Courtesy of circlecinema.com

Courtesy of perezhilton.com

Courtesy of perezhilton.com

In a World/Enough Said Review

By Adam Tawfik

Judging by a majority of the romantic comedies that are churned out, the businessmen who create these vehicles seem to think that women, to whom they target their cynically sentimental drivel, have the collective IQ of a gumdrop. More insidiously, this genre has a tendency to espouse an evil ideology where characters (particularly the female ones) are reduced to their love lives and being romantic objects, and they perpetrate the status quo where men are in authority and women and children are subordinates, doing it in such a cutesy manner to cover up the sweeten the cyanide.

Unlike most years where romantic comedies pollute the cinemas in the early season and the summer, they have largely been abandoned this year by the major studios, with more hyper masculine action packed pelt-‘em-ups in their place.

Interestingly this autumn indie female directors and writers have coopted the genre as a way to provide a more insightful character study of a female protagonist. While the results are not as crass as their mainstream counterpoints, out of a sampling of two recent films, In a World and Enough Said, the final results are decidedly mixed. Let’s get the negativity out of the way.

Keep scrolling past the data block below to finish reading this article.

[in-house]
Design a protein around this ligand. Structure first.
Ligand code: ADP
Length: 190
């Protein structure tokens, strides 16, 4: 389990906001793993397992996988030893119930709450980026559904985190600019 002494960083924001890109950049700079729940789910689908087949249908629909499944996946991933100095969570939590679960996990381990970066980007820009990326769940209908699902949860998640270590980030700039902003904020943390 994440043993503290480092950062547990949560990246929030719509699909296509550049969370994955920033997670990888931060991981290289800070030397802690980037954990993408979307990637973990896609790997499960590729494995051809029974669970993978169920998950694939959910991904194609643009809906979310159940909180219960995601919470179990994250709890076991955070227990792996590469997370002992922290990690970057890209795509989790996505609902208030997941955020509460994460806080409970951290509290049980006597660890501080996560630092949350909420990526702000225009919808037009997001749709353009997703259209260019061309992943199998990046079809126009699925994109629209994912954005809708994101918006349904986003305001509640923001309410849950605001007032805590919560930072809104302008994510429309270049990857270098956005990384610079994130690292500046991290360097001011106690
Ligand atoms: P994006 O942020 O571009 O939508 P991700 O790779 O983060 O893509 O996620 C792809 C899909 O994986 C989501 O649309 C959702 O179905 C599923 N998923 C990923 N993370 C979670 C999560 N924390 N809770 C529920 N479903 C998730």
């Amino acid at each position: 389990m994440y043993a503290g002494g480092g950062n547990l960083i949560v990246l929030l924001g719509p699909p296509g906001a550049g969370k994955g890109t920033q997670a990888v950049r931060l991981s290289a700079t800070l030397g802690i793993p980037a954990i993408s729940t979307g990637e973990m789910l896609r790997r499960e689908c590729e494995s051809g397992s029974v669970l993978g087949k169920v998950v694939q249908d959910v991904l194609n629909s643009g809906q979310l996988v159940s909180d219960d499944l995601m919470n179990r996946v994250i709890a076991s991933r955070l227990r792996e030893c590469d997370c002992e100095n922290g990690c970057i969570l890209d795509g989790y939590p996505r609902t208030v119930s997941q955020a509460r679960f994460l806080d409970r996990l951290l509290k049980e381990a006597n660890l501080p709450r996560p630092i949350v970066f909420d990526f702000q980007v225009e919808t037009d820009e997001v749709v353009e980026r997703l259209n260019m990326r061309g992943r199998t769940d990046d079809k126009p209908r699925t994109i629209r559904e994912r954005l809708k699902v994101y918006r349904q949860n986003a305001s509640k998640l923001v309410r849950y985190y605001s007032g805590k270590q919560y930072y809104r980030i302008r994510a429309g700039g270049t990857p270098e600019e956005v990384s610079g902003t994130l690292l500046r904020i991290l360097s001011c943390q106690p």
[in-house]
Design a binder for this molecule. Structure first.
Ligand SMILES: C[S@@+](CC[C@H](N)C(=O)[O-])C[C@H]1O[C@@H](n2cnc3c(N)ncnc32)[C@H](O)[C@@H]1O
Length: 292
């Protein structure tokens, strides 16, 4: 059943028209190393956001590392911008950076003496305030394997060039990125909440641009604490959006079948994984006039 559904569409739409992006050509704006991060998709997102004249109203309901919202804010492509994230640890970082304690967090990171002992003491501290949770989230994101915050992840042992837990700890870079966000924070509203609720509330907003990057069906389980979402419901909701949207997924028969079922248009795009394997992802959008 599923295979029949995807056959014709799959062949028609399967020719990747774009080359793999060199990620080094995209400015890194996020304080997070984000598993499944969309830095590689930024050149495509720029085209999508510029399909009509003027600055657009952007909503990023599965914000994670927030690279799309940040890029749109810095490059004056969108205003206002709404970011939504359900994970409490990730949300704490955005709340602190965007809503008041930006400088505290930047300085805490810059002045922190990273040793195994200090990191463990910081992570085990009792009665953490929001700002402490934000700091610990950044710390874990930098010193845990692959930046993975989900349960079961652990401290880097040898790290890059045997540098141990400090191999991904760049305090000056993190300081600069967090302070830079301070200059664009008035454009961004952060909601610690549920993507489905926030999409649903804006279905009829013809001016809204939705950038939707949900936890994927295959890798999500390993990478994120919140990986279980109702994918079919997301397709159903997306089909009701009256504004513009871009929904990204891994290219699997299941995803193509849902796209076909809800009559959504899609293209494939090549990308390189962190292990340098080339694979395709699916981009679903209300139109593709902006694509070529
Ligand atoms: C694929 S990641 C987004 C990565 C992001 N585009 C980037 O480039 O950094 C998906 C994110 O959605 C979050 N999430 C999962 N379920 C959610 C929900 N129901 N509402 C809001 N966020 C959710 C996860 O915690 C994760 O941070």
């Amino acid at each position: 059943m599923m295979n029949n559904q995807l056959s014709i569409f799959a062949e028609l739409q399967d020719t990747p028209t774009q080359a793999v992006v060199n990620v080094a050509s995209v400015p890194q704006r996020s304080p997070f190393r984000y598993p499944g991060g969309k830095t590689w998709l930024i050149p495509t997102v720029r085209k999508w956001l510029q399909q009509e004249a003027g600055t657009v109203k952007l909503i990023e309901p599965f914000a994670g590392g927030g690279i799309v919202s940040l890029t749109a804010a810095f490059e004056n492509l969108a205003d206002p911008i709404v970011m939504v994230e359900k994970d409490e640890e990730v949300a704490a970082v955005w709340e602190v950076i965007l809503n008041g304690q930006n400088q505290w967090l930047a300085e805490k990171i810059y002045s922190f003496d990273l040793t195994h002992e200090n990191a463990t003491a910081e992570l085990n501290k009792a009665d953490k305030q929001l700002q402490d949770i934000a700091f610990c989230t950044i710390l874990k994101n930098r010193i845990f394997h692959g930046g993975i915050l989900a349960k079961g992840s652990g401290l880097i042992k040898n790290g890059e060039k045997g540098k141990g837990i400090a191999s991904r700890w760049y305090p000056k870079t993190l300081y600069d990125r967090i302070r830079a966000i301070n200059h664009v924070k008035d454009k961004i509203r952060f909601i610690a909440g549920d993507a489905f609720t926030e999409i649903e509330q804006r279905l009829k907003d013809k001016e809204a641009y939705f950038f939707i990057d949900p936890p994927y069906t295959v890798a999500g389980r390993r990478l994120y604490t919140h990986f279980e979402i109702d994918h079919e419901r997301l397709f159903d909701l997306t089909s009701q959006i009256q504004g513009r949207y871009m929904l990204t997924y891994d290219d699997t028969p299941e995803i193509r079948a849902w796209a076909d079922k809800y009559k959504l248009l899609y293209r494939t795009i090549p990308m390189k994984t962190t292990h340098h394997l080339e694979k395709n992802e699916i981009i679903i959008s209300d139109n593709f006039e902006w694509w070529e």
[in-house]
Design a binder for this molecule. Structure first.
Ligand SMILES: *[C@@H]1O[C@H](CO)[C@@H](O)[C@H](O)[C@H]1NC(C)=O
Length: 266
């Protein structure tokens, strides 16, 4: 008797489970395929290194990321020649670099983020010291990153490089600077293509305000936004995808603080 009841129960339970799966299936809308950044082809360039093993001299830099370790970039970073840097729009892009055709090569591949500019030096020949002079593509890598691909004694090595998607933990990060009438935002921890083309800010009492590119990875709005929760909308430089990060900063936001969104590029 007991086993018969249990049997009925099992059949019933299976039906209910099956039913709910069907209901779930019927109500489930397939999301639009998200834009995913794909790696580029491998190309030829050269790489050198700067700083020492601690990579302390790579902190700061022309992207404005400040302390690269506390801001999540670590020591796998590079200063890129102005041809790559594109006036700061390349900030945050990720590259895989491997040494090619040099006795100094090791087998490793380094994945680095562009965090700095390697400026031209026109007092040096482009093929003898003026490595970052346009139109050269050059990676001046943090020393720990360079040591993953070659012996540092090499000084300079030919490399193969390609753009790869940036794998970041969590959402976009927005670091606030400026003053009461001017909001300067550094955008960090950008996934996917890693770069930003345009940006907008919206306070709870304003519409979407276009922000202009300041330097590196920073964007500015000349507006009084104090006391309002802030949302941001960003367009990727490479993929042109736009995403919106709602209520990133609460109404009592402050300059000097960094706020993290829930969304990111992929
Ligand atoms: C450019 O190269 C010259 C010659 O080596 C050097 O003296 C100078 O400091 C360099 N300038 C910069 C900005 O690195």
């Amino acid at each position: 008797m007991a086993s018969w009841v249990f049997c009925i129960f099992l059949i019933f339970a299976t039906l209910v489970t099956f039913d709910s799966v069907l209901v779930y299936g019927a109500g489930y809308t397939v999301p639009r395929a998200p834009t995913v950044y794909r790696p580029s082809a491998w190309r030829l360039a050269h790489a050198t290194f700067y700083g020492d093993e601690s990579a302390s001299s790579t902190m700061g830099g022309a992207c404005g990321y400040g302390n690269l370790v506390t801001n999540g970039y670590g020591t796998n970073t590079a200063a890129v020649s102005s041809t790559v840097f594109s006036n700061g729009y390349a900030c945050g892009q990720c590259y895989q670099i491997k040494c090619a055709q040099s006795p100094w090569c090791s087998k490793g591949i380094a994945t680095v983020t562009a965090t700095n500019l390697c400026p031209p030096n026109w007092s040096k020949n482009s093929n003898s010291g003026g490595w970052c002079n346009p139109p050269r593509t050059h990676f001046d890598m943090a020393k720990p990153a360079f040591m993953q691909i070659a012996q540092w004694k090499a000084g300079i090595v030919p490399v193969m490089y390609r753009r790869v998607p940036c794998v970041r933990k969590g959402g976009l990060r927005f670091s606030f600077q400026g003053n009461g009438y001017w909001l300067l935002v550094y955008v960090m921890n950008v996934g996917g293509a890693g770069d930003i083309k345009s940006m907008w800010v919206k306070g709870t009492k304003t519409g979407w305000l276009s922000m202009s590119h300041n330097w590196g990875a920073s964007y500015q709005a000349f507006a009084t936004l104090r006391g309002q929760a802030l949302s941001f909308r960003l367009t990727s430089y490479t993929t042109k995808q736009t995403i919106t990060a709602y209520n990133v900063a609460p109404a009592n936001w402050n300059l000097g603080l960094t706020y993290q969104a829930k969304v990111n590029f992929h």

Courtesy of blogs.indiewire.com

Courtesy of blogs.indiewire.com

It’s not unreasonable that many creative people in front of and behind the camera would come on board with Lake Bell’s most recent project, In a World. World, which Bell wrote, directed, and starred in, has an intelligent thesis about the sexism in the oft forgotten voiceover-world and how women’s voices in that profession are either very girly or sultry.

I must confess that I was excited to see this film after hearing Bell’s amusing and insightful NPR interview, but honestly she pretty much lifted her talking points from the final scene in the film. Unfortunately, there’s 90 minutes of mostly humdrum inaction before that moment. Bell, instead of being a triple threat, ends up being uninspired on three counts.

Courtesy of digitalshortbread.com